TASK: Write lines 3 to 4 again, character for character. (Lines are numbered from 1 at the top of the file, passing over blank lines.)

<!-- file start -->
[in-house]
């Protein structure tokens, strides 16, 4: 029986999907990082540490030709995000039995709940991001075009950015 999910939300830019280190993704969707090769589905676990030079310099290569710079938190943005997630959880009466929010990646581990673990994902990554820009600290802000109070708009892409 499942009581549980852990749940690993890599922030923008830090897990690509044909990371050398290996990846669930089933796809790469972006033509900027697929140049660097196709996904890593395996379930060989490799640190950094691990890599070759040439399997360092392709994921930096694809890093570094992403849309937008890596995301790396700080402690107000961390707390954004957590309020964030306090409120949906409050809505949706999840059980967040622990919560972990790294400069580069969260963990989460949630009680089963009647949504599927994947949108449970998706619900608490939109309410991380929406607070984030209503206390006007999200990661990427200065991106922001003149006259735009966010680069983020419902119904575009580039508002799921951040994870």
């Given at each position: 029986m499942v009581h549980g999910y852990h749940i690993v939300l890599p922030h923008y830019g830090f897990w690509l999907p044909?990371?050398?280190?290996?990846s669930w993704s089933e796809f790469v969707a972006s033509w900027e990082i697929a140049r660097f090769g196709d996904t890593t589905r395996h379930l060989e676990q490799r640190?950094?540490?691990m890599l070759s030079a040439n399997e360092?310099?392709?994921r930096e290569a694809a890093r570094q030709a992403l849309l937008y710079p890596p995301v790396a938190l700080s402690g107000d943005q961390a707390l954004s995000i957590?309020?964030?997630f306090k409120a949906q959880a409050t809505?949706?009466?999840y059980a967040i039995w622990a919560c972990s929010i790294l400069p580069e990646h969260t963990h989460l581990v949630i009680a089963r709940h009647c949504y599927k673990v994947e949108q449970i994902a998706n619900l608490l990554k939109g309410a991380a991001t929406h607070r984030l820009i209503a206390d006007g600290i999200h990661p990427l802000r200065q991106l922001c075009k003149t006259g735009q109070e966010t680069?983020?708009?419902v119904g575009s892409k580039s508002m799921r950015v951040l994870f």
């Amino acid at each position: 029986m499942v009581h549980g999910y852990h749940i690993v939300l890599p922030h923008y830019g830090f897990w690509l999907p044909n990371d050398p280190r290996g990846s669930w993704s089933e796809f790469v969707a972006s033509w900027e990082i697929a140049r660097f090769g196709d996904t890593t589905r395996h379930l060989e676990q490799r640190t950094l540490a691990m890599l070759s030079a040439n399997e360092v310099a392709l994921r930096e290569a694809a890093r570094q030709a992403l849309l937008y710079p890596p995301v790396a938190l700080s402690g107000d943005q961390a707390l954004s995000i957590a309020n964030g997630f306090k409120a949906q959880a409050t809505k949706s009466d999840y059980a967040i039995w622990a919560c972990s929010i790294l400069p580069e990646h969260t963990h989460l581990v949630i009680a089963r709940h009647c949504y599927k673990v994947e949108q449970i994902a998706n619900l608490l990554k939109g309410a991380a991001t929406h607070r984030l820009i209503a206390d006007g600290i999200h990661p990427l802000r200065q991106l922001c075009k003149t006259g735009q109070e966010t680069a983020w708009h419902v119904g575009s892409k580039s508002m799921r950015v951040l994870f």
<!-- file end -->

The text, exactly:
């Given at each position: 029986m499942v009581h549980g999910y852990h749940i690993v939300l890599p922030h923008y830019g830090f897990w690509l999907p044909?990371?050398?280190?290996?990846s669930w993704s089933e796809f790469v969707a972006s033509w900027e990082i697929a140049r660097f090769g196709d996904t890593t589905r395996h379930l060989e676990q490799r640190?950094?540490?691990m890599l070759s030079a040439n399997e360092?310099?392709?994921r930096e290569a694809a890093r570094q030709a992403l849309l937008y710079p890596p995301v790396a938190l700080s402690g107000d943005q961390a707390l954004s995000i957590?309020?964030?997630f306090k409120a949906q959880a409050t809505?949706?009466?999840y059980a967040i039995w622990a919560c972990s929010i790294l400069p580069e990646h969260t963990h989460l581990v949630i009680a089963r709940h009647c949504y599927k673990v994947e949108q449970i994902a998706n619900l608490l990554k939109g309410a991380a991001t929406h607070r984030l820009i209503a206390d006007g600290i999200h990661p990427l802000r200065q991106l922001c075009k003149t006259g735009q109070e966010t680069?983020?708009?419902v119904g575009s892409k580039s508002m799921r950015v951040l994870f």
């Amino acid at each position: 029986m499942v009581h549980g999910y852990h749940i690993v939300l890599p922030h923008y830019g830090f897990w690509l999907p044909n990371d050398p280190r290996g990846s669930w993704s089933e796809f790469v969707a972006s033509w900027e990082i697929a140049r660097f090769g196709d996904t890593t589905r395996h379930l060989e676990q490799r640190t950094l540490a691990m890599l070759s030079a040439n399997e360092v310099a392709l994921r930096e290569a694809a890093r570094q030709a992403l849309l937008y710079p890596p995301v790396a938190l700080s402690g107000d943005q961390a707390l954004s995000i957590a309020n964030g997630f306090k409120a949906q959880a409050t809505k949706s009466d999840y059980a967040i039995w622990a919560c972990s929010i790294l400069p580069e990646h969260t963990h989460l581990v949630i009680a089963r709940h009647c949504y599927k673990v994947e949108q449970i994902a998706n619900l608490l990554k939109g309410a991380a991001t929406h607070r984030l820009i209503a206390d006007g600290i999200h990661p990427l802000r200065q991106l922001c075009k003149t006259g735009q109070e966010t680069a983020w708009h419902v119904g575009s892409k580039s508002m799921r950015v951040l994870f």